Any TWO courses from HUL2XX category
HUL271, HUL272, HUL274 HUL275, HUL276, HUL286, HUL289, HUL290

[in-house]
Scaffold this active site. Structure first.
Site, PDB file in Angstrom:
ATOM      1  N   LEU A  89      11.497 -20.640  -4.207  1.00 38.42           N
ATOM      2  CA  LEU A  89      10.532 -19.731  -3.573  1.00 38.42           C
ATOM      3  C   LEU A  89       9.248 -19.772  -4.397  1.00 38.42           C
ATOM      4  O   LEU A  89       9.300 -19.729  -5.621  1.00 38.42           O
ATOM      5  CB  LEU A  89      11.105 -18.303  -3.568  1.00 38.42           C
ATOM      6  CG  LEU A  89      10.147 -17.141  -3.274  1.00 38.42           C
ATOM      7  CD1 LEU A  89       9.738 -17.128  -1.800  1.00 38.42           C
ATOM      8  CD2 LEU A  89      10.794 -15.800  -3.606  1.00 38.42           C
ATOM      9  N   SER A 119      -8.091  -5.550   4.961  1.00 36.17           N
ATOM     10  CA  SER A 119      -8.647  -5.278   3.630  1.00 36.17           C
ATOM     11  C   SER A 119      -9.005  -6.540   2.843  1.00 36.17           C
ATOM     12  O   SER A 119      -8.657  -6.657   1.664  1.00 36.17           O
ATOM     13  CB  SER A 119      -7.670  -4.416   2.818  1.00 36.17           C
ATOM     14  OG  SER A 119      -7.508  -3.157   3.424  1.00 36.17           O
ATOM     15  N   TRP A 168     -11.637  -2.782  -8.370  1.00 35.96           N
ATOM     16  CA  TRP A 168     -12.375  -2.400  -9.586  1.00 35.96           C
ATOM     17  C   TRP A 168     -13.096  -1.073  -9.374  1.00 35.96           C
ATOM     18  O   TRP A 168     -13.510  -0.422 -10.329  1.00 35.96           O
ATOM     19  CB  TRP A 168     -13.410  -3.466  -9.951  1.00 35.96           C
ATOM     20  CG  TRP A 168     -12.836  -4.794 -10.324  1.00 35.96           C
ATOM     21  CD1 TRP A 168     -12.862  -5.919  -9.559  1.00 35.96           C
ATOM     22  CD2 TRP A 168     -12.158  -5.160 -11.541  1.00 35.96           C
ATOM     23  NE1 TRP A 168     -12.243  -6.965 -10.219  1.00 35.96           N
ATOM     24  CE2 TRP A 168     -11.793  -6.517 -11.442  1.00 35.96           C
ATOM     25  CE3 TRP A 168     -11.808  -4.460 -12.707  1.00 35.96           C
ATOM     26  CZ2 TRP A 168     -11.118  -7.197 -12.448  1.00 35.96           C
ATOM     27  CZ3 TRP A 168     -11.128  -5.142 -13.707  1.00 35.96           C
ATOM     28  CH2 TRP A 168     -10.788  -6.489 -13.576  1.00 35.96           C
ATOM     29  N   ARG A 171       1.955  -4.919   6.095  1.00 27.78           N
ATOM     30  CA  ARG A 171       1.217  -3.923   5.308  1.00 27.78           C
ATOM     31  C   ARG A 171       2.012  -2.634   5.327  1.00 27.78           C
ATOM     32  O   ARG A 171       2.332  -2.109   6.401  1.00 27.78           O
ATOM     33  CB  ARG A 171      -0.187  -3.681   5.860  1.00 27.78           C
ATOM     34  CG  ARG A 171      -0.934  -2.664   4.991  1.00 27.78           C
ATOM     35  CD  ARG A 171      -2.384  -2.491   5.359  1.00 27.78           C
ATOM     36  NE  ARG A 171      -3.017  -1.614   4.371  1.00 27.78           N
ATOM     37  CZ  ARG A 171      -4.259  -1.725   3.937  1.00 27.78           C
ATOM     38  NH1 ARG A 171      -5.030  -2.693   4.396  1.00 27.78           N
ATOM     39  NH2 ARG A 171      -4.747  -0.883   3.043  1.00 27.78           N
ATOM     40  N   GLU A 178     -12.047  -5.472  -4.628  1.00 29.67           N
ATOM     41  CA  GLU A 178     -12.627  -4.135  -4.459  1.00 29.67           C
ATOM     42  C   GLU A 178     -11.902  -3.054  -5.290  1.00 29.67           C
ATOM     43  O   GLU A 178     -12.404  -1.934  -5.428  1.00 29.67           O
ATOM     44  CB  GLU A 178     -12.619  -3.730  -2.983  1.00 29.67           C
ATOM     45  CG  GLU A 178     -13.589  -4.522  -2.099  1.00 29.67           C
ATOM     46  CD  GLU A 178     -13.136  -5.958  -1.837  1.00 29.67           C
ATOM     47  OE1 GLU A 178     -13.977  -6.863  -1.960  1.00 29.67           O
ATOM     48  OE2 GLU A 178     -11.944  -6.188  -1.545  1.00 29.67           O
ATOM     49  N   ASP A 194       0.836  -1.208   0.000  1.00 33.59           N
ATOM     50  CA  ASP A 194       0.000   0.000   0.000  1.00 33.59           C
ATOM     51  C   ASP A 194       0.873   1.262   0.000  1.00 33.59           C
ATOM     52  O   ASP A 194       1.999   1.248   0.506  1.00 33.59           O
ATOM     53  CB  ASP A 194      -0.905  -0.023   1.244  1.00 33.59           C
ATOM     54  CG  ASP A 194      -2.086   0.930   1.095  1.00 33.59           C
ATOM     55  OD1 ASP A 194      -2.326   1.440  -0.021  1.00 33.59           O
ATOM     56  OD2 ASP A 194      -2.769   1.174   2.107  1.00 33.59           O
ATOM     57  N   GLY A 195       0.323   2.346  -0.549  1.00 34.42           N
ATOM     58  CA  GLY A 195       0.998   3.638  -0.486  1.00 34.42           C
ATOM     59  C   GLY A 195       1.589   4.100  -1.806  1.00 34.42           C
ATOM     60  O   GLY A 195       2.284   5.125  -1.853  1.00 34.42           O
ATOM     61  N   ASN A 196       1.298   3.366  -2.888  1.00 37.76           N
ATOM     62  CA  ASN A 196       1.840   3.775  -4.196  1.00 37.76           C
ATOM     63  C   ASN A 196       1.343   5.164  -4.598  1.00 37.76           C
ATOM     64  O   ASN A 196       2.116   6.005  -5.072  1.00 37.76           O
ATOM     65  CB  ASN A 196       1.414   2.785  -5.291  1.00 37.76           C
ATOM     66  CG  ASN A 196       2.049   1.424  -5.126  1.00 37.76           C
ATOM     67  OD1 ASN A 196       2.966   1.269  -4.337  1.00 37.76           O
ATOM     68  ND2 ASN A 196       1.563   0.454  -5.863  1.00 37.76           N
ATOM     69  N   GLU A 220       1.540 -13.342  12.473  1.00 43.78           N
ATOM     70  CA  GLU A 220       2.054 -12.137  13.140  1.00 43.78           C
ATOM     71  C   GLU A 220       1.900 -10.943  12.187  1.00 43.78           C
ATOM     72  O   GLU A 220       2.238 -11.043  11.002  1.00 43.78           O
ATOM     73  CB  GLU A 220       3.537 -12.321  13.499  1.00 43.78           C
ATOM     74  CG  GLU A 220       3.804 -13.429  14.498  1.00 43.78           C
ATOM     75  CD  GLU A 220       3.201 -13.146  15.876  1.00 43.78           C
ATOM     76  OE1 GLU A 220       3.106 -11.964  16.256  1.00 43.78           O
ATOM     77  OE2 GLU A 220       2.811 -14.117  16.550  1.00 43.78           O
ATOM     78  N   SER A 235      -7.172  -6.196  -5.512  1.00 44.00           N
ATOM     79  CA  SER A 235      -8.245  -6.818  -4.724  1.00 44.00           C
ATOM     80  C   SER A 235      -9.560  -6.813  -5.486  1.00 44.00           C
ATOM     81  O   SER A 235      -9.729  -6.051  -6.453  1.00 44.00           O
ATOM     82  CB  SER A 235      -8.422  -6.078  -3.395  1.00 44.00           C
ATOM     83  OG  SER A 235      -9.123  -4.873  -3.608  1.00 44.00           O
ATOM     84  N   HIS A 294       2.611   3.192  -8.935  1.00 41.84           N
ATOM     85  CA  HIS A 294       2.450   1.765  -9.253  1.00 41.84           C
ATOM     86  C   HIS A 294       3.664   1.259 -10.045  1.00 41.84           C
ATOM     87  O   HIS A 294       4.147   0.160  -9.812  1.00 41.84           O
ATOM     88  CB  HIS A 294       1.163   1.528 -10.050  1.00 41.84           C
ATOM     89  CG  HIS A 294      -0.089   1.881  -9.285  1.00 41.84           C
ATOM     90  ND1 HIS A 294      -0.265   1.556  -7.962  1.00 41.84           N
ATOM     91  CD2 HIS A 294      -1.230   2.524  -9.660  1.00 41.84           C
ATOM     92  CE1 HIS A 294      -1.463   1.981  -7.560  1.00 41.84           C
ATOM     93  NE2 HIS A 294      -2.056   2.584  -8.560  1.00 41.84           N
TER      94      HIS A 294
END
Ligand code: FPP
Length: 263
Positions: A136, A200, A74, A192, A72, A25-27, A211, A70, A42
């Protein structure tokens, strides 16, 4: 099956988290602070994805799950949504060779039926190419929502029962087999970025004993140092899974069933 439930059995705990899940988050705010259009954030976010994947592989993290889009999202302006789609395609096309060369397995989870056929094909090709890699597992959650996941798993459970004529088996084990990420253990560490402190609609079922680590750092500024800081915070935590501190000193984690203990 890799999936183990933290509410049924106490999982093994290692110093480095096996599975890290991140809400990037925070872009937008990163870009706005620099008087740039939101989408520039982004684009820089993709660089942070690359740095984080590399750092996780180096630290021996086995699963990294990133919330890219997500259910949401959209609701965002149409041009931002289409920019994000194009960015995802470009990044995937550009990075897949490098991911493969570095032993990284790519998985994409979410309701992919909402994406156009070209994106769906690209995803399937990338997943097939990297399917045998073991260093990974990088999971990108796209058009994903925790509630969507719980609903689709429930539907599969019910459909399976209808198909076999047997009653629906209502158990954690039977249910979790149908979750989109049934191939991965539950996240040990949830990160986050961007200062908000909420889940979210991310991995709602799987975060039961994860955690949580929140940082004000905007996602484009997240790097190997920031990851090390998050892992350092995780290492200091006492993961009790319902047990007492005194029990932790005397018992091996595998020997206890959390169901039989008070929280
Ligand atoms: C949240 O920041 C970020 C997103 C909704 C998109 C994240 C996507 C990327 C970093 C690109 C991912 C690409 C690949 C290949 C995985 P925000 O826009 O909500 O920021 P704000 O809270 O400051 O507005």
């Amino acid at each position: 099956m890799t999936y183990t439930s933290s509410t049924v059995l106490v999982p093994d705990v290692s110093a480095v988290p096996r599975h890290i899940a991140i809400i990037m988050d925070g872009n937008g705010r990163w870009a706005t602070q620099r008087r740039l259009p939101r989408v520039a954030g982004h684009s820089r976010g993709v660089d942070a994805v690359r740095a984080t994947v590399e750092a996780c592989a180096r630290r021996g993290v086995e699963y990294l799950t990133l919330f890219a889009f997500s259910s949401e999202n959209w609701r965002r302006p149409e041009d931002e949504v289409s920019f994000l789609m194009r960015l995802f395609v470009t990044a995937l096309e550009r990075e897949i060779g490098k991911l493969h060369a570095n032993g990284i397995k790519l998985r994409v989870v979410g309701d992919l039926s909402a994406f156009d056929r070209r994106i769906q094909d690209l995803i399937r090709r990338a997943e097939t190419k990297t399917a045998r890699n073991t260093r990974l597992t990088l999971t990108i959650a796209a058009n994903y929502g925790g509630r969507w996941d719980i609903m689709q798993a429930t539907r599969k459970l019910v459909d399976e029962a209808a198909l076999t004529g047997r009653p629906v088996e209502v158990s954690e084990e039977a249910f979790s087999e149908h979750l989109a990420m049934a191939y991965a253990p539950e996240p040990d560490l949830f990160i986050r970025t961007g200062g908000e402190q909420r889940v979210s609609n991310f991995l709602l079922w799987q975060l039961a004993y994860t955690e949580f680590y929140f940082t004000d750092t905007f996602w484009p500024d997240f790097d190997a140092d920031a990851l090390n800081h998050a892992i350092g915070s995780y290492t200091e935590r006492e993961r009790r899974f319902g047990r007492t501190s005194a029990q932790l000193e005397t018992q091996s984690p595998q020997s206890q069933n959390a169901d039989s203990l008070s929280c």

The manner in which gender is conceptualized and performed is foundational to the understanding of human social relationships. Gender identities are not fixed or determined purely by physiology; their social construction affects ideas of masculinity and femininity or other sexual identities. Besides understanding how sex and gender are interrelated, we will look at how gender intertwines with societal areas of economy, technology, polity, religion and demography. The important role played by social structures and institutions such as caste, kinship, family, marriage, ethnicity, religion and class in structuring gender and vice- versa will be brought out. Technologies associated with population and biological sciences have transformed and are continuing to transform society and human relationships in particular directions. The course will examine these transformations at the global and local levels and consider their impact on individual lives. Challenges posed to intimate human relationships and identities by new reproductive technologies such as invitro-fertilization, surrogacy, sex selection will be explored. What does the emergence/ institutionalisation of new social forms - such as same sex marriages and parenthood by surrogacy - tell us about the possibilities and limits of human relationships?